|Publication number||US7063329 B2|
|Application number||US 10/871,300|
|Publication date||Jun 20, 2006|
|Filing date||Jun 18, 2004|
|Priority date||Jun 18, 2004|
|Also published as||US20050280215|
|Publication number||10871300, 871300, US 7063329 B2, US 7063329B2, US-B2-7063329, US7063329 B2, US7063329B2|
|Inventors||Herbert G. Anderson, Tillman S. King, Hiralal V. Patel, Jeffry J. Beier|
|Export Citation||BiBTeX, EndNote, RefMan|
|Patent Citations (16), Referenced by (6), Classifications (10), Legal Events (6)|
|External Links: USPTO, USPTO Assignment, Espacenet|
The present invention pertains to a fitting for sealed connection with another fitting in order to conduct fluid within a hydraulic system. More particularly, the present invention relates to the housing of a seal within the front face of the fitting prior to its connection with another fitting.
Fittings for the connection of fluid conducting componentry are well known in the art. Providing a seal between adjacent surfaces of the fitting and its mating part is also well known. The seal is necessary since the fitting and its mating part are conducting a pressurized fluid which can leak at this connection without a proper seal. Such a seal is usually made of natural or synthetic rubber, which is relatively resilient and deformable. The seal is generally annular and has a circular cross-section. The fitting has an annular groove in its front face for receiving the seal.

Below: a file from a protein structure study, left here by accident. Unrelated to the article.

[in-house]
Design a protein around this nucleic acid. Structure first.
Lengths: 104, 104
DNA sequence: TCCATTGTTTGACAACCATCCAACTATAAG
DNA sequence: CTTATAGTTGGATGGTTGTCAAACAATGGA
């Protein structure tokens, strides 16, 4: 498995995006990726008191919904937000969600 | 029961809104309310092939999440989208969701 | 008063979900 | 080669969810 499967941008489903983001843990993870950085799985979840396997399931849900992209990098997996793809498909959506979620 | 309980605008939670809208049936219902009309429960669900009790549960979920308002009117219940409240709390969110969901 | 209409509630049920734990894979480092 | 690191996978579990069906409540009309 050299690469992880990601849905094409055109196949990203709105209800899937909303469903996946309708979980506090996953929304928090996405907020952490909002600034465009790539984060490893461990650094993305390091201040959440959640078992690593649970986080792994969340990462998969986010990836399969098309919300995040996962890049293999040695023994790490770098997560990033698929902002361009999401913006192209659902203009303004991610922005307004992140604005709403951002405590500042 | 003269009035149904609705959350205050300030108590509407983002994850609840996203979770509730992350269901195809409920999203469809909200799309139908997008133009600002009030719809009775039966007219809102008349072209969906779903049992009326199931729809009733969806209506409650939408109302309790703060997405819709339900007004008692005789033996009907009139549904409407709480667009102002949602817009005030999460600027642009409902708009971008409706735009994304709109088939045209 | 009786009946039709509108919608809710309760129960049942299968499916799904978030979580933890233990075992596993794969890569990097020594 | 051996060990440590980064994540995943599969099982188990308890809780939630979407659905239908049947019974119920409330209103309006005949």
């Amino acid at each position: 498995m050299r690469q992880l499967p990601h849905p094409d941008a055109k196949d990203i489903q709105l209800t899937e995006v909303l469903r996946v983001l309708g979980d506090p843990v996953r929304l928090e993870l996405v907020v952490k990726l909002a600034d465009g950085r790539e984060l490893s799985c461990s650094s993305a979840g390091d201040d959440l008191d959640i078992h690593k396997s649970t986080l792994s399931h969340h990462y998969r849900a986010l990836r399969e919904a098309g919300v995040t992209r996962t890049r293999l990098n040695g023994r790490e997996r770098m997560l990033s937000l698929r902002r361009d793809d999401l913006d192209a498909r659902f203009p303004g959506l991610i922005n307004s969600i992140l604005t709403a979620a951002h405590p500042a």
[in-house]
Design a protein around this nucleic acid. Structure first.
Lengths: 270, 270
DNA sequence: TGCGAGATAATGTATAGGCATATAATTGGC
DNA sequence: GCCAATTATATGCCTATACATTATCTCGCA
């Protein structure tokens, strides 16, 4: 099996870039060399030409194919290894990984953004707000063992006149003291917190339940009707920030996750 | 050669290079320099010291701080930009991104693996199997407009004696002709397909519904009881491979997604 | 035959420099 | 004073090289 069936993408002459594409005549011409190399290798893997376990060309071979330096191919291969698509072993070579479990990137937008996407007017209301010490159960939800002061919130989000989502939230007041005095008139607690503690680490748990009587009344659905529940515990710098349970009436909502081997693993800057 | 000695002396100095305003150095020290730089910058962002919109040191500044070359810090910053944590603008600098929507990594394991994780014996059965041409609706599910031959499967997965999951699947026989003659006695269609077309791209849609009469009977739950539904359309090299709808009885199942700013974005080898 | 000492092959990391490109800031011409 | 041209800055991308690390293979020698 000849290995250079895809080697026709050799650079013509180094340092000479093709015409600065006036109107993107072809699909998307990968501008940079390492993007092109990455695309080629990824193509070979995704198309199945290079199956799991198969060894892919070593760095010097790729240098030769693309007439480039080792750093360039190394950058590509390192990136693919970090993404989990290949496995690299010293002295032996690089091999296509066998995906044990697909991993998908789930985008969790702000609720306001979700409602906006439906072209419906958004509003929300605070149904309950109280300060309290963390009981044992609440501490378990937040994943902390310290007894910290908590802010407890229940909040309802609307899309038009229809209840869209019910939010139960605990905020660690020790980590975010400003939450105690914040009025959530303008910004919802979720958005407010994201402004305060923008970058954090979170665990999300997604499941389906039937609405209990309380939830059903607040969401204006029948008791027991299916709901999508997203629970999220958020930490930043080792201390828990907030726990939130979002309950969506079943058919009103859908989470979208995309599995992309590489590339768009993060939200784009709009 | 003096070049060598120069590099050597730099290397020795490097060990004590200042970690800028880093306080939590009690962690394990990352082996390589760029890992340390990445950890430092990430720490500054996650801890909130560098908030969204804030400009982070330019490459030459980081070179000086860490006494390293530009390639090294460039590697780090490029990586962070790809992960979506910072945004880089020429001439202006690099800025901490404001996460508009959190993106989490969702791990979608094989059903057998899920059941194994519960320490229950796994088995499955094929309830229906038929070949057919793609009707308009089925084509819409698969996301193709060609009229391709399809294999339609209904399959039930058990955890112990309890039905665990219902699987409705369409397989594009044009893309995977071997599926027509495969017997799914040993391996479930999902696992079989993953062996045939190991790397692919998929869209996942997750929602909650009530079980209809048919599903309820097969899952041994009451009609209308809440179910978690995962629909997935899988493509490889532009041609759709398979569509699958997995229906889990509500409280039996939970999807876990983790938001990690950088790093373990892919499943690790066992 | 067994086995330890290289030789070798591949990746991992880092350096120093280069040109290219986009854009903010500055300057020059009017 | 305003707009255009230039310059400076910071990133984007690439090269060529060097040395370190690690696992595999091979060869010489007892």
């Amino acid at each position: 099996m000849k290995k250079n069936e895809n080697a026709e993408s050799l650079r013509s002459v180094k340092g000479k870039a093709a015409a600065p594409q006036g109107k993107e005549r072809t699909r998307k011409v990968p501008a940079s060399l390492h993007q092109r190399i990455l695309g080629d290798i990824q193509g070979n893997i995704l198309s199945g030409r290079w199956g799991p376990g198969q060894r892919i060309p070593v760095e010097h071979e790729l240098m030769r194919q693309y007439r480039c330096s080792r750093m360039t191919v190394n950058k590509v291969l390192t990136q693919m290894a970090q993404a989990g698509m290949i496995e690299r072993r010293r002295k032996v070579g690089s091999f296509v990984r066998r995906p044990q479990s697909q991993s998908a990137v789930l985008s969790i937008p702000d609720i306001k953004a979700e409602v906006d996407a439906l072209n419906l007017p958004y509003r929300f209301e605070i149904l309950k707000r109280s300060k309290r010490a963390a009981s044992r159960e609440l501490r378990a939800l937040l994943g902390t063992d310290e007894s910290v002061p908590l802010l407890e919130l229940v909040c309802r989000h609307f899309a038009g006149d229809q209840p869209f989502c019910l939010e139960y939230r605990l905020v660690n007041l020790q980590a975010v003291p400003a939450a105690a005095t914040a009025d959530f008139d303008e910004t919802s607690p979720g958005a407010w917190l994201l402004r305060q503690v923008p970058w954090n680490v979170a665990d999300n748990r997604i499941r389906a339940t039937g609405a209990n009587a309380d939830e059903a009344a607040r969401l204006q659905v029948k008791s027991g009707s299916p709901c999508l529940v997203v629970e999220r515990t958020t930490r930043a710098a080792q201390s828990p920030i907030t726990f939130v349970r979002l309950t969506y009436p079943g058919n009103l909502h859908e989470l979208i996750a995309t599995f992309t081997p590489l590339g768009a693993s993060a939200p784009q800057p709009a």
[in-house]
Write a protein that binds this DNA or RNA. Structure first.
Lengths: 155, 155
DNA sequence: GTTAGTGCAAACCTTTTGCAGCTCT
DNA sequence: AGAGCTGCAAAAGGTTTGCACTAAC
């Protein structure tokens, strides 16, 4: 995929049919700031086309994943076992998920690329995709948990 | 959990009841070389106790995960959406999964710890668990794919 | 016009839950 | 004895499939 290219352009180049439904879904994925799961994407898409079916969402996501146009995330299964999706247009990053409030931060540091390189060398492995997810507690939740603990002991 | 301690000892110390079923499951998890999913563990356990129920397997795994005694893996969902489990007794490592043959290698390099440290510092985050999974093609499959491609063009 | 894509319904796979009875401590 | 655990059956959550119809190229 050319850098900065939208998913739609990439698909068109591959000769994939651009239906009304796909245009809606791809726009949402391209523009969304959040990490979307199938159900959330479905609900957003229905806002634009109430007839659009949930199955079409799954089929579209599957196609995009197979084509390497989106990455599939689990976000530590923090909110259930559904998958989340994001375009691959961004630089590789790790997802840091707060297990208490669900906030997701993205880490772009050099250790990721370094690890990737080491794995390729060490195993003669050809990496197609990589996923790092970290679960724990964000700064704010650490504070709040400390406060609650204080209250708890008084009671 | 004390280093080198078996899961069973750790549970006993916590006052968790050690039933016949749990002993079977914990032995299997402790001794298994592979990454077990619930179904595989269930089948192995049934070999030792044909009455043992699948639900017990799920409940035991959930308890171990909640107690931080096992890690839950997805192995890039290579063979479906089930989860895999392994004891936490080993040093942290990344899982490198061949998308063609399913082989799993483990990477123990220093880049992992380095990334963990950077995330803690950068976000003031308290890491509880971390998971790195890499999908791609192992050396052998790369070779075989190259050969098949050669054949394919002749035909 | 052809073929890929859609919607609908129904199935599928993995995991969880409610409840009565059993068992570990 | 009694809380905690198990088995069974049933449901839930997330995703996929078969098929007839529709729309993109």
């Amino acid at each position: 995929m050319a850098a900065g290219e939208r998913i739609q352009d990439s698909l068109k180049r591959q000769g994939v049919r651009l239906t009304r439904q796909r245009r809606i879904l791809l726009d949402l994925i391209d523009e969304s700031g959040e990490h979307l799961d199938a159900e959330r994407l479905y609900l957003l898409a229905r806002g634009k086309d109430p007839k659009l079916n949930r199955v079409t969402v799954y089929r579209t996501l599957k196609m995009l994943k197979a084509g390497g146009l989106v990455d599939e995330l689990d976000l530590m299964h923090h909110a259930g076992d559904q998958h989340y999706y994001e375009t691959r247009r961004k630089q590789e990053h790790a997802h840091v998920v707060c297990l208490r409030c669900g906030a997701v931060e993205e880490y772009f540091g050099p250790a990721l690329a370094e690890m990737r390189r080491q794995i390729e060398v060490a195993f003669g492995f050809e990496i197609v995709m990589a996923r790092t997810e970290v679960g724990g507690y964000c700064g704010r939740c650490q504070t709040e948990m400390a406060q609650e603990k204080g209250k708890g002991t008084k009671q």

When the fitting is properly connected to its mating part, the seal is trapped within the fitting annular groove by the adjacent face surface of the mating part. In many prior art designs the fitting groove has a generally rectangular cross-section. It is preferable to house, and retain, an O-ring or similar seal within the fitting groove for extended periods of time prior to the connection. Such a rectangular groove is incapable of ensuring that a seal, such as an O-ring, is held temporarily prior to connection of the fitting to the mating part.
Certain prior art designs require that an adhesive be used to stick the seal to the bottom of the groove prior to connection of the fitting to the mating part. The disadvantage of using the adhesive is that it requires an extra step in the assembly process. After its initial connection, it is common for the fitting to be disconnected and then reconnected. The adhesive can lose its retention capability over time and may not be able to hold the seal within the groove during its reuse.